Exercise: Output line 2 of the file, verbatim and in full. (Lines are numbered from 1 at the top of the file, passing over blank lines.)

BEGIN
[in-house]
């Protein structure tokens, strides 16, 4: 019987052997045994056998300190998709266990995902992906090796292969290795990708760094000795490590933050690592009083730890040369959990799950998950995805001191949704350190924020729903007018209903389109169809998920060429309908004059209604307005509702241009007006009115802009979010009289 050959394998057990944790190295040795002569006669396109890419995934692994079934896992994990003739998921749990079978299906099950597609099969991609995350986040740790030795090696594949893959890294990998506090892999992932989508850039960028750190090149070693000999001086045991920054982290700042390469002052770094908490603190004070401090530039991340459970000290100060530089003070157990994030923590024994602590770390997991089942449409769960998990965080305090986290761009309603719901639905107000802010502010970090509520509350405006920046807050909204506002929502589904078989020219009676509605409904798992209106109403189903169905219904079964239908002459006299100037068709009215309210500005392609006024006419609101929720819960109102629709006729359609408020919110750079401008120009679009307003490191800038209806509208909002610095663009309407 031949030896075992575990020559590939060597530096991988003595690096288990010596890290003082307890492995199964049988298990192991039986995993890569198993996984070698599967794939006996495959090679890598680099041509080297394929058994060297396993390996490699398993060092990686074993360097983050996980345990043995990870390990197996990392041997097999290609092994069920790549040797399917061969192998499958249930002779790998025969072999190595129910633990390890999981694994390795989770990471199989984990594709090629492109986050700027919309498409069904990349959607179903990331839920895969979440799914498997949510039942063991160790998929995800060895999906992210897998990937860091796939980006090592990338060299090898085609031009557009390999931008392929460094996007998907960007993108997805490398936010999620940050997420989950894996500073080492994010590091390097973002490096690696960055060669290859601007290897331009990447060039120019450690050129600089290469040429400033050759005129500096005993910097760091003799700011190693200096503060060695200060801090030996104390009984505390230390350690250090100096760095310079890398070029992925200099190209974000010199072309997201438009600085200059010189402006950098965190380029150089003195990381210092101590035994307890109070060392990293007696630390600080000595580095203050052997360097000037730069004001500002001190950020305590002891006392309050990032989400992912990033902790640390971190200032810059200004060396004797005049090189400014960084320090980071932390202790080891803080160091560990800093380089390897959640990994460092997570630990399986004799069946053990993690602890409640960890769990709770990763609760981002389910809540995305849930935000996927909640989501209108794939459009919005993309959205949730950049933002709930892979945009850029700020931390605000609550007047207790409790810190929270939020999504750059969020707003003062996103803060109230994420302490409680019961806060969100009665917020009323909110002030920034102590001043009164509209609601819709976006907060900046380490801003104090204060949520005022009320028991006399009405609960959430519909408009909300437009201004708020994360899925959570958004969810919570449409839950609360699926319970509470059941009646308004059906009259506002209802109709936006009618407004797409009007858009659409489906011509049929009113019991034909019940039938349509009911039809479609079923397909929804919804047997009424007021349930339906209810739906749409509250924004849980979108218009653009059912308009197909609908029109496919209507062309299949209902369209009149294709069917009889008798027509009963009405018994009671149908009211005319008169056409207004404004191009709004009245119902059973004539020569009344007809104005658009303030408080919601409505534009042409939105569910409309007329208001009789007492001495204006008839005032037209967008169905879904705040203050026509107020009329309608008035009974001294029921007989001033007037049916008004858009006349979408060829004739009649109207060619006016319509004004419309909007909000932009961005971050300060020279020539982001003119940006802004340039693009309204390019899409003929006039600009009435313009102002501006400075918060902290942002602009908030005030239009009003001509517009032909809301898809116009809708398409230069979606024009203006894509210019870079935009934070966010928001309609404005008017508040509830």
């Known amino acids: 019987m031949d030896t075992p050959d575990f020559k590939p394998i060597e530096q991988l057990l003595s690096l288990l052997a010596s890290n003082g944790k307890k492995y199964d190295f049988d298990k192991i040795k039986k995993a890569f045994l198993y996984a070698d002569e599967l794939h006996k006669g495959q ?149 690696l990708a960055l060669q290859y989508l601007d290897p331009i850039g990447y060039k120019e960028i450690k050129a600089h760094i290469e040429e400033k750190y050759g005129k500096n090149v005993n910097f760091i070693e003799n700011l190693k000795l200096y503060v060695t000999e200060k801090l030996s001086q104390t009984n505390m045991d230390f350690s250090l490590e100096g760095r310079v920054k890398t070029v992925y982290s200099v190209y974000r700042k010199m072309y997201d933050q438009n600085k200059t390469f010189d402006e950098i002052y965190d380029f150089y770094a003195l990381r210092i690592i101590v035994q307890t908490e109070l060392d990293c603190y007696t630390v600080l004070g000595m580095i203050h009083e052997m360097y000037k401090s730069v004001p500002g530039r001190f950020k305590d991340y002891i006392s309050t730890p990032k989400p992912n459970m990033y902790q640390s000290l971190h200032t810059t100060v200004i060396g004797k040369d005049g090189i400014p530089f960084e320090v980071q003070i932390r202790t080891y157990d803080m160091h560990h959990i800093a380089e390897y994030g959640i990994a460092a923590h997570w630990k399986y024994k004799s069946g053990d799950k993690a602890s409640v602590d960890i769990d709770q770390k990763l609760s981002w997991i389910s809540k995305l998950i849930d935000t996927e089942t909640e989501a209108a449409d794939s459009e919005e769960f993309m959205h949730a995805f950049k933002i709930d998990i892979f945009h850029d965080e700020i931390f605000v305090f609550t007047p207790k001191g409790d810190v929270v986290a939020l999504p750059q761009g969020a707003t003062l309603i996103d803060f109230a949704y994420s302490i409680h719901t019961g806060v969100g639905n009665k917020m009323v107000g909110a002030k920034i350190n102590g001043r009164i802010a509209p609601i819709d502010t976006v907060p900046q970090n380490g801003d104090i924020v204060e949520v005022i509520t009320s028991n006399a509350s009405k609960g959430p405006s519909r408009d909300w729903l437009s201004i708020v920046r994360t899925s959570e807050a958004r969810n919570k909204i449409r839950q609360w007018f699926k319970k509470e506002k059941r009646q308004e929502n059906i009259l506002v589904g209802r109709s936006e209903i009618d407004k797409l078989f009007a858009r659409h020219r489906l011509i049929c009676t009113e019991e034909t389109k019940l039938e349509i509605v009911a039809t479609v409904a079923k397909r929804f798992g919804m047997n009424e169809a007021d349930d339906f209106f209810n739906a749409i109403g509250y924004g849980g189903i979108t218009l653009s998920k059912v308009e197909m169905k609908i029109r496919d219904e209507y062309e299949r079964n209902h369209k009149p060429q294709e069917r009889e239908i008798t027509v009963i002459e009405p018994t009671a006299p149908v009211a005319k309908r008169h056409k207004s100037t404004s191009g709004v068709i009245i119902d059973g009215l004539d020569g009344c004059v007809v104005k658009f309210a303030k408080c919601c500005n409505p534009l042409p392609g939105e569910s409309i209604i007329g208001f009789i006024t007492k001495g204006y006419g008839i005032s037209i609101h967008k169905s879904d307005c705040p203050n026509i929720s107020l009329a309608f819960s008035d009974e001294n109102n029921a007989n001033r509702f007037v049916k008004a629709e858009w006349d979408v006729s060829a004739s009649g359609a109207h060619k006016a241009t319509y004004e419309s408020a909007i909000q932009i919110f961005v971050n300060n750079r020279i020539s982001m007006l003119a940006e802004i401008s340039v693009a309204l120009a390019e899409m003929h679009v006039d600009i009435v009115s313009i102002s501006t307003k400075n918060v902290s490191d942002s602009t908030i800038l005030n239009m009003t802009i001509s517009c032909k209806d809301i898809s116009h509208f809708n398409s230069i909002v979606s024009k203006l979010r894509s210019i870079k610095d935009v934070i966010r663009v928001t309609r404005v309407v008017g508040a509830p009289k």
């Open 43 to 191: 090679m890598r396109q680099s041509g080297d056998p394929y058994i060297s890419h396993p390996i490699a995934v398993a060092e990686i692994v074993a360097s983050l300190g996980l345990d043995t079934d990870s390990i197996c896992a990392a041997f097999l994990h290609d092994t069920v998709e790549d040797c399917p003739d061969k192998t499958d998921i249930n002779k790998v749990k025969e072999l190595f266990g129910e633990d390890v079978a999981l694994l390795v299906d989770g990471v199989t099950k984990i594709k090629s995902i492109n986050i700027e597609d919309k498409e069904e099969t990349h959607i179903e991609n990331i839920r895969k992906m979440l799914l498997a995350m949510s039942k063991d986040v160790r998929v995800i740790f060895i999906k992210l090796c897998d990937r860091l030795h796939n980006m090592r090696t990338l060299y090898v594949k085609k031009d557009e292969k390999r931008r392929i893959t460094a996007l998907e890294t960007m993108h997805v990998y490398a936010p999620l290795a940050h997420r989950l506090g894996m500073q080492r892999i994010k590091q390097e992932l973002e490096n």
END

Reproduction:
């Protein structure tokens, strides 16, 4: 019987052997045994056998300190998709266990995902992906090796292969290795990708760094000795490590933050690592009083730890040369959990799950998950995805001191949704350190924020729903007018209903389109169809998920060429309908004059209604307005509702241009007006009115802009979010009289 050959394998057990944790190295040795002569006669396109890419995934692994079934896992994990003739998921749990079978299906099950597609099969991609995350986040740790030795090696594949893959890294990998506090892999992932989508850039960028750190090149070693000999001086045991920054982290700042390469002052770094908490603190004070401090530039991340459970000290100060530089003070157990994030923590024994602590770390997991089942449409769960998990965080305090986290761009309603719901639905107000802010502010970090509520509350405006920046807050909204506002929502589904078989020219009676509605409904798992209106109403189903169905219904079964239908002459006299100037068709009215309210500005392609006024006419609101929720819960109102629709006729359609408020919110750079401008120009679009307003490191800038209806509208909002610095663009309407 031949030896075992575990020559590939060597530096991988003595690096288990010596890290003082307890492995199964049988298990192991039986995993890569198993996984070698599967794939006996495959090679890598680099041509080297394929058994060297396993390996490699398993060092990686074993360097983050996980345990043995990870390990197996990392041997097999290609092994069920790549040797399917061969192998499958249930002779790998025969072999190595129910633990390890999981694994390795989770990471199989984990594709090629492109986050700027919309498409069904990349959607179903990331839920895969979440799914498997949510039942063991160790998929995800060895999906992210897998990937860091796939980006090592990338060299090898085609031009557009390999931008392929460094996007998907960007993108997805490398936010999620940050997420989950894996500073080492994010590091390097973002490096690696960055060669290859601007290897331009990447060039120019450690050129600089290469040429400033050759005129500096005993910097760091003799700011190693200096503060060695200060801090030996104390009984505390230390350690250090100096760095310079890398070029992925200099190209974000010199072309997201438009600085200059010189402006950098965190380029150089003195990381210092101590035994307890109070060392990293007696630390600080000595580095203050052997360097000037730069004001500002001190950020305590002891006392309050990032989400992912990033902790640390971190200032810059200004060396004797005049090189400014960084320090980071932390202790080891803080160091560990800093380089390897959640990994460092997570630990399986004799069946053990993690602890409640960890769990709770990763609760981002389910809540995305849930935000996927909640989501209108794939459009919005993309959205949730950049933002709930892979945009850029700020931390605000609550007047207790409790810190929270939020999504750059969020707003003062996103803060109230994420302490409680019961806060969100009665917020009323909110002030920034102590001043009164509209609601819709976006907060900046380490801003104090204060949520005022009320028991006399009405609960959430519909408009909300437009201004708020994360899925959570958004969810919570449409839950609360699926319970509470059941009646308004059906009259506002209802109709936006009618407004797409009007858009659409489906011509049929009113019991034909019940039938349509009911039809479609079923397909929804919804047997009424007021349930339906209810739906749409509250924004849980979108218009653009059912308009197909609908029109496919209507062309299949209902369209009149294709069917009889008798027509009963009405018994009671149908009211005319008169056409207004404004191009709004009245119902059973004539020569009344007809104005658009303030408080919601409505534009042409939105569910409309007329208001009789007492001495204006008839005032037209967008169905879904705040203050026509107020009329309608008035009974001294029921007989001033007037049916008004858009006349979408060829004739009649109207060619006016319509004004419309909007909000932009961005971050300060020279020539982001003119940006802004340039693009309204390019899409003929006039600009009435313009102002501006400075918060902290942002602009908030005030239009009003001509517009032909809301898809116009809708398409230069979606024009203006894509210019870079935009934070966010928001309609404005008017508040509830």